Caleb finally gets some camera time!

The team competition involves everyone shooting a giant target; when they hit the center, giant flames will shoot up in the back.  They have to do it quickly, too; this is going to be timed.  Unlike the Beretta 92 challenge was, they only have 30 seconds each to get off as many shots as they can, before it’s the next person’s turn.

The blue team won the challenge again (this week it came down to the wire, though).  They’re going to be three people up on the red team next week.

And now the politicking starts.  I guess backbiting and dealmaking gets the ratings, so they probably put the teams together with a token nod to ability and mainly based it on personalities.  You wouldn’t want to make both teams have people who get along great with each other all the time, cause then there wouldn’t be any conflict.

The elimination challenge is with the crossbow instead of the longbow; maybe that’s similar enough to a gun that Brad won’t complain incessantly about it.  Bill didn’t seem to pick up the loading operation as well as Brad did.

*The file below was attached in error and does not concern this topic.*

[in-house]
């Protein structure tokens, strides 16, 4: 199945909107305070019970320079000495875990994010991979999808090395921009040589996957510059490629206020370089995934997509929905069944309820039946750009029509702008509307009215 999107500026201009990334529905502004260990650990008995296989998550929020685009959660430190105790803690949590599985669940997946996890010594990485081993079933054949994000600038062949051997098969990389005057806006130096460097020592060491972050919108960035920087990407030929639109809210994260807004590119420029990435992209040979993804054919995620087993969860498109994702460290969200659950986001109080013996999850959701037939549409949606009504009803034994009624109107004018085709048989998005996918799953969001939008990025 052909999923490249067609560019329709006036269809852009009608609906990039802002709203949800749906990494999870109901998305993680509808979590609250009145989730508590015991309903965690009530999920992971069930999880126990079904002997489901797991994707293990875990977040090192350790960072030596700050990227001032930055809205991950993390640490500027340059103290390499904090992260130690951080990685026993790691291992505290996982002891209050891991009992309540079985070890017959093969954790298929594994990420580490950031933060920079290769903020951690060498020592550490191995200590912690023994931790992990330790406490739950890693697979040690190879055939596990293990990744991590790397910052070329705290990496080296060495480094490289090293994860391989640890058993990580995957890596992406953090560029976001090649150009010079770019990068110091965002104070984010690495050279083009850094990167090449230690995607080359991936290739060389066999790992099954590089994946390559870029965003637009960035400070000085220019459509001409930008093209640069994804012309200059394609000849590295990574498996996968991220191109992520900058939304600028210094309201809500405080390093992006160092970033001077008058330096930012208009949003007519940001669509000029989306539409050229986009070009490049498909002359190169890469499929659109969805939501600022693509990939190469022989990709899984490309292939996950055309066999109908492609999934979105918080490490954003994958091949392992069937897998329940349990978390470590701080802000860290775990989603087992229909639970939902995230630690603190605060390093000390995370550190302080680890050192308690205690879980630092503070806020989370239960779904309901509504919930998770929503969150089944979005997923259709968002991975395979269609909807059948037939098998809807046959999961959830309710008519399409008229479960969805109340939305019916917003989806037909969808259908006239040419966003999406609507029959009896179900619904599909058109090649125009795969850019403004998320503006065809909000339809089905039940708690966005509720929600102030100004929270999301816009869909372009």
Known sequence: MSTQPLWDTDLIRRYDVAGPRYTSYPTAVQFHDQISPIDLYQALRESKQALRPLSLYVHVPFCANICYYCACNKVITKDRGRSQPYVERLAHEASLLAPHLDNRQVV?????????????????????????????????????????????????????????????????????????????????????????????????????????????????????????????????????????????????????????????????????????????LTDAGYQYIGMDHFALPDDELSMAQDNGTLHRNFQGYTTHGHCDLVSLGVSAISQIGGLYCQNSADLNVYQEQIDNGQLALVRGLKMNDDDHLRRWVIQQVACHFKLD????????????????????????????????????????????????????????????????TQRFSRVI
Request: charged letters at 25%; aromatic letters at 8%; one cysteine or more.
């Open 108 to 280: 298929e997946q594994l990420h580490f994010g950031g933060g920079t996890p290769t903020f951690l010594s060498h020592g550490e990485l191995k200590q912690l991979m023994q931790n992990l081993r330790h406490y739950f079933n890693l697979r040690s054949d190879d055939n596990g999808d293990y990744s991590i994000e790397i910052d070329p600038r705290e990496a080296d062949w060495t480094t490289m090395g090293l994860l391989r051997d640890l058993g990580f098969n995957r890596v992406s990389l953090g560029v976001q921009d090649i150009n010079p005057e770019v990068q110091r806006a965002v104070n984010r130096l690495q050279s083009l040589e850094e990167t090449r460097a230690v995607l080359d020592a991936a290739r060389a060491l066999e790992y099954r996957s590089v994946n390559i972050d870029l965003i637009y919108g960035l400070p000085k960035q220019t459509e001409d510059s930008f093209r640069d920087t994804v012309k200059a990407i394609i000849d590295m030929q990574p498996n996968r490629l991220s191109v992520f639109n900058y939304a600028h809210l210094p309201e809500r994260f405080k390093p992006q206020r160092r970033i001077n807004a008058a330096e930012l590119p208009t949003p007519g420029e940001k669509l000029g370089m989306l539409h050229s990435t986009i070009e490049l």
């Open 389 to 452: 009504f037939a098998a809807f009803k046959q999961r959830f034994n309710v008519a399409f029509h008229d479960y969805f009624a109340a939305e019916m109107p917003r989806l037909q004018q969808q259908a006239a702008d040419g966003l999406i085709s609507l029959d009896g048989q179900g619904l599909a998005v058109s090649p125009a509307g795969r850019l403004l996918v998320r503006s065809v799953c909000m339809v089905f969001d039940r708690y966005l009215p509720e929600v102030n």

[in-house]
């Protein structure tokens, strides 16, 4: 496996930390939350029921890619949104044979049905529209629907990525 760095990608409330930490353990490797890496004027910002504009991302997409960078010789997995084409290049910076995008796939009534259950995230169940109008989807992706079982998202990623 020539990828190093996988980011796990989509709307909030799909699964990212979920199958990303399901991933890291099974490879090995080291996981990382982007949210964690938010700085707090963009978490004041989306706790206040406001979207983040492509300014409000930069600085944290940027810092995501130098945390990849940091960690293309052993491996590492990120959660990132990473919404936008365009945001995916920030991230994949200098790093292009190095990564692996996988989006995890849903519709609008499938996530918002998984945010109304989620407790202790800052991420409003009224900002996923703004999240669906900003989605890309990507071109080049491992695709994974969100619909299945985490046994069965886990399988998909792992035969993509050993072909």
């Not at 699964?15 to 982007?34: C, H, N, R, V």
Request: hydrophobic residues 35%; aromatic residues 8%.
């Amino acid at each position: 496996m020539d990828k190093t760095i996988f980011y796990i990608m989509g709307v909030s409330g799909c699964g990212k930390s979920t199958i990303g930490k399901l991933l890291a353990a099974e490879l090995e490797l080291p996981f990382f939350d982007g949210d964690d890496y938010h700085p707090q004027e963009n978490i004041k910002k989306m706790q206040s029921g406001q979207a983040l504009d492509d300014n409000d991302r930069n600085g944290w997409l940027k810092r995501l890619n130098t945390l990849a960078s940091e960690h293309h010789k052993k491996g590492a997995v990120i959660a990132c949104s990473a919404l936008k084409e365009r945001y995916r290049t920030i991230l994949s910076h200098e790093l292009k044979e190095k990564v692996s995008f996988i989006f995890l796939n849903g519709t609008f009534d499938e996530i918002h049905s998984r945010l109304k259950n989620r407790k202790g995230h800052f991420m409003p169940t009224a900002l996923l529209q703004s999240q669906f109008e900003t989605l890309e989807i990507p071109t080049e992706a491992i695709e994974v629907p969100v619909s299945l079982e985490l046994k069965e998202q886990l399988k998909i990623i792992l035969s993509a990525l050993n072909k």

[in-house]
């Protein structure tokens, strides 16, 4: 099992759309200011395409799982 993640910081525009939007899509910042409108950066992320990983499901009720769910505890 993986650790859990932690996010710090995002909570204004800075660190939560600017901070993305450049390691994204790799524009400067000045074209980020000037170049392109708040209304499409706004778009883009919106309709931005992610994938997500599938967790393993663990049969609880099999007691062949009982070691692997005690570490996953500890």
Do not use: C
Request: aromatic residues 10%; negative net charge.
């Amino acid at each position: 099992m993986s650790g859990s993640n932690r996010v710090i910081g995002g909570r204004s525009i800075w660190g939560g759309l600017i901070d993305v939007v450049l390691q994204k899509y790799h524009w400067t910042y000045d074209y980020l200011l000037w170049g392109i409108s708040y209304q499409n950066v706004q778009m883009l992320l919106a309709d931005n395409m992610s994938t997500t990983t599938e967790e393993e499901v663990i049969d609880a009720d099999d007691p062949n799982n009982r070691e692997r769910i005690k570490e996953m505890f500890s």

This should be good; they have to shoot an apple (not off anyone’s head, though) at 4 different distances.  Time to see who’s the better William Tell!

Up next week: shooting different colored plates!


Now I just need to learn how to shoot

by wfgodbold

The rifle works just fine; I shot 100 rounds of Wolf steel-cased ammo through it this afternoon, and the only problem I had was one failure to extract.  I shot it at paper targets at both 25 and 50 yards, mainly using a rest.

The lower receiver with the UBR stock shot better at both distances.  I have no idea why that would be the case; I also shot more accurately when using the smaller aperture on the rear sight.


Holes made with the most expensive hole-punch I've used.


Those are 1″ squares.  I know most people are far better shots than I am, but since I haven’t fired a rifle since Boy Scout camp in the 6th grade, I’ll take it (for now).

If I’m still shooting so poorly after turning hundreds of dollars into noise, I won’t be nearly as laid back about it.